for his two children because Amittatapana, his wife had demanded for two
slaves for herself. As Vessantara was widely known for his dana-paramita
charitability) the greedy Brahmin was intent on exploiting the situation.
Vessantara tried to convince the Brahmin to change his mind in several
ways. Yet, he insisted on accepting nothing but the two children. Knowing
Jujaka’s mind the children were extremely terrified and ran away to a
nearby pond and hid themselves. They, however, re-appeared when their
father called them. And by then Vessantara had finally agreed to the shrew
demand of Jujaka. The brahmin, then chanting some phrases of benediction
to the donour ordered the children to accompany him. The children, who did
not want to leave glued to the feet of their father to ask Jujaka to wait
at least until the arrival of their mother. But shrewd and mean Jujaka
without wasting time fastened the hands of the two delicate children with
a creeper and forcibly dragged them to his destination. The bleeding and
bewailing children, however, screamed,
When Maddi returned late in the evening and did not find her children around, she asked Vessantara of their whereabouts. But Vessantara kept silence. She then repeated the same question several times, yet Vessantara did not utter a single word. So, she again went inside the forest and looked for the children for whole night. Next morning, when she returned she fainted. Vessentara then helped her regain consciousness. That was the time he apprised her of the whereabouts of the children and narrated the story. By then Maddi had mustered up the courage to endure the trauma. Surprisingly, she praised Vessantara’s great act of dana-sila (Conduct of charity).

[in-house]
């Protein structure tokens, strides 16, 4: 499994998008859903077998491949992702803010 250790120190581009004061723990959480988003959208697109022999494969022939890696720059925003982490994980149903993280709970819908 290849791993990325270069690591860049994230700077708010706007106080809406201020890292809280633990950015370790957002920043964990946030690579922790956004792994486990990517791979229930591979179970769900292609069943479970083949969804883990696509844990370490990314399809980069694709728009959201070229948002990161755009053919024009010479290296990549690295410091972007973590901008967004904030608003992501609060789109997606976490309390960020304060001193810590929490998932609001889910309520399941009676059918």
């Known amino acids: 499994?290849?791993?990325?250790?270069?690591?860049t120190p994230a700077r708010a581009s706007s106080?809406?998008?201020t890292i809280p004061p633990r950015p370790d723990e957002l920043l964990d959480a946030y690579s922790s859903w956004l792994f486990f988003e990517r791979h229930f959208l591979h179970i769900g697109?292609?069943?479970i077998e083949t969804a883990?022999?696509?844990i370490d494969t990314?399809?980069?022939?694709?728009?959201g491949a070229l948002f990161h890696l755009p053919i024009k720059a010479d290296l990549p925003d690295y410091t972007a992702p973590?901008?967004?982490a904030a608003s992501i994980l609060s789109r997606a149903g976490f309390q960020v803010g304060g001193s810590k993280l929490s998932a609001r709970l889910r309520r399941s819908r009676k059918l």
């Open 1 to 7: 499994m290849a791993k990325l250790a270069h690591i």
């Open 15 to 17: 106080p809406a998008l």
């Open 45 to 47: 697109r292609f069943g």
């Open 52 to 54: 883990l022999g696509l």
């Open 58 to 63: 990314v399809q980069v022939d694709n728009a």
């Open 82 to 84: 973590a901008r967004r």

trembled the earth. And so did mount Sineru with all its resplendent gems.
Surprised, Sakka, the lord of the devas
inquired into the cause. When he learnt the cause of the quakes owing to
the sacrifice of Vessantara he visited the hermitage next morning to test
the firmity of his vow in the guise of a mendicant and begged him for his
wife. Even then Vessantara did not lose the firmness of his mind and
nodded to donate Maddi as well. Besides, no anger sprang even in the heart
of Maddi. She did not wail. She rather looked stupefied and stood like a
statue with her eyes fixed on her husband with a fresh load of suffering.
Admiringly, Sakka then
Though a house-holder
Yet giving up the most beloved children and wife in charity
With such detachment;
there be a greater exemplification of magnanimity?
Now, it was the time
for Sakka to reveal his identity. He gave Maddi back to Vessantara.
Furthermore, he offered eight boons to the great donor, which included the
reunion of his family; his recall to the father’s kingdom; and his
ability to benefaction.
In the meanwhile,
Jujaka had traveled sixty leagues and having lost his way he reached
Jetuttara, though he intended to reach Kalinga. His rugged appearance and
harsh behaviour with the two delicate children attracted the royal guards,
who brought him before the king. King Sanjaya, when
saw his grand-children and learnt their story he bought them back
from the cruel brahmin in lieu of handsome gifts and seven-storeyed
palace. But Jujaka could hardly enjoy those riches as he died of
over-eating in a few days. The king along with Phusati, Jali and his army
then marched to Vankagiri to bring back his son and the daughter-in-law.
The white elephant
Pacchaya also joined the procession as he had just returned from Kalinga
as no one could subdue him there.
Finally, after a month
of merry-making in the forest they all returned to the kingdom, happily.
(Devadatta is identified with Jujaka and his wife Amittapana as Chincha; Sanjaya as Suddhodhana and Phusati as Mahamaya; Rahula with Jali, Uppalavanna as Kanhajina Rahulamata as Maddi; and Vessantara as the Bodhisatta).
Jataka Jataka Pali No.547;
Cf.Vishvantara-Jataka Jataka Mala
9; Cariyapitaka 1.9; Avadanakalpalata